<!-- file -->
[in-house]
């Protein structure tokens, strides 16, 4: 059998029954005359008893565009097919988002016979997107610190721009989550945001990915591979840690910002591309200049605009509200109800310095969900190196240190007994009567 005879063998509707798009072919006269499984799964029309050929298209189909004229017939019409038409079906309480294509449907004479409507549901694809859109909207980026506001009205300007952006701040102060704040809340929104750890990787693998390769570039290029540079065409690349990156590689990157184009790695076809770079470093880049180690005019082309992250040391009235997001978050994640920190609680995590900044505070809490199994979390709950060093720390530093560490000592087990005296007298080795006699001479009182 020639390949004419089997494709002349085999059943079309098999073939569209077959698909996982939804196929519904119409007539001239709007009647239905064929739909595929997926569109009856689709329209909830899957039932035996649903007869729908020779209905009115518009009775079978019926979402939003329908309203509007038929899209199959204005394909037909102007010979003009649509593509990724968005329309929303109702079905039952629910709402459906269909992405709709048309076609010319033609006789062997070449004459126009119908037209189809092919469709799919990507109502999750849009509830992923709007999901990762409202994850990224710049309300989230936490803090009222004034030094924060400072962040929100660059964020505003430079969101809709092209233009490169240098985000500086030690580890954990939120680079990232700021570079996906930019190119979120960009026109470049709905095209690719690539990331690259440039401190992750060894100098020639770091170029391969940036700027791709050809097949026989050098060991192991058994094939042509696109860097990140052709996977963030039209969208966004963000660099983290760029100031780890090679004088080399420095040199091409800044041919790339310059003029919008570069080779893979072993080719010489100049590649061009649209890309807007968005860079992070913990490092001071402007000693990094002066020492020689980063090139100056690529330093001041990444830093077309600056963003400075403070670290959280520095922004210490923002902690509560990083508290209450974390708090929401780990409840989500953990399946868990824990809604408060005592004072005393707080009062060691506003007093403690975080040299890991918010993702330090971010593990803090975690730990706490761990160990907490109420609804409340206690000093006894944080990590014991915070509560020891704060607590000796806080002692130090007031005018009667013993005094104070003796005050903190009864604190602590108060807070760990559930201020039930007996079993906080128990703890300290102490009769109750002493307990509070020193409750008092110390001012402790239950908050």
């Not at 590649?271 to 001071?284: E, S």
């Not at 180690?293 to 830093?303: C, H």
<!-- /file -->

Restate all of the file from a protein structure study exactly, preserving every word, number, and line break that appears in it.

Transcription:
[in-house]
């Protein structure tokens, strides 16, 4: 059998029954005359008893565009097919988002016979997107610190721009989550945001990915591979840690910002591309200049605009509200109800310095969900190196240190007994009567 005879063998509707798009072919006269499984799964029309050929298209189909004229017939019409038409079906309480294509449907004479409507549901694809859109909207980026506001009205300007952006701040102060704040809340929104750890990787693998390769570039290029540079065409690349990156590689990157184009790695076809770079470093880049180690005019082309992250040391009235997001978050994640920190609680995590900044505070809490199994979390709950060093720390530093560490000592087990005296007298080795006699001479009182 020639390949004419089997494709002349085999059943079309098999073939569209077959698909996982939804196929519904119409007539001239709007009647239905064929739909595929997926569109009856689709329209909830899957039932035996649903007869729908020779209905009115518009009775079978019926979402939003329908309203509007038929899209199959204005394909037909102007010979003009649509593509990724968005329309929303109702079905039952629910709402459906269909992405709709048309076609010319033609006789062997070449004459126009119908037209189809092919469709799919990507109502999750849009509830992923709007999901990762409202994850990224710049309300989230936490803090009222004034030094924060400072962040929100660059964020505003430079969101809709092209233009490169240098985000500086030690580890954990939120680079990232700021570079996906930019190119979120960009026109470049709905095209690719690539990331690259440039401190992750060894100098020639770091170029391969940036700027791709050809097949026989050098060991192991058994094939042509696109860097990140052709996977963030039209969208966004963000660099983290760029100031780890090679004088080399420095040199091409800044041919790339310059003029919008570069080779893979072993080719010489100049590649061009649209890309807007968005860079992070913990490092001071402007000693990094002066020492020689980063090139100056690529330093001041990444830093077309600056963003400075403070670290959280520095922004210490923002902690509560990083508290209450974390708090929401780990409840989500953990399946868990824990809604408060005592004072005393707080009062060691506003007093403690975080040299890991918010993702330090971010593990803090975690730990706490761990160990907490109420609804409340206690000093006894944080990590014991915070509560020891704060607590000796806080002692130090007031005018009667013993005094104070003796005050903190009864604190602590108060807070760990559930201020039930007996079993906080128990703890300290102490009769109750002493307990509070020193409750008092110390001012402790239950908050």
């Not at 590649?271 to 001071?284: E, S």
């Not at 180690?293 to 830093?303: C, H």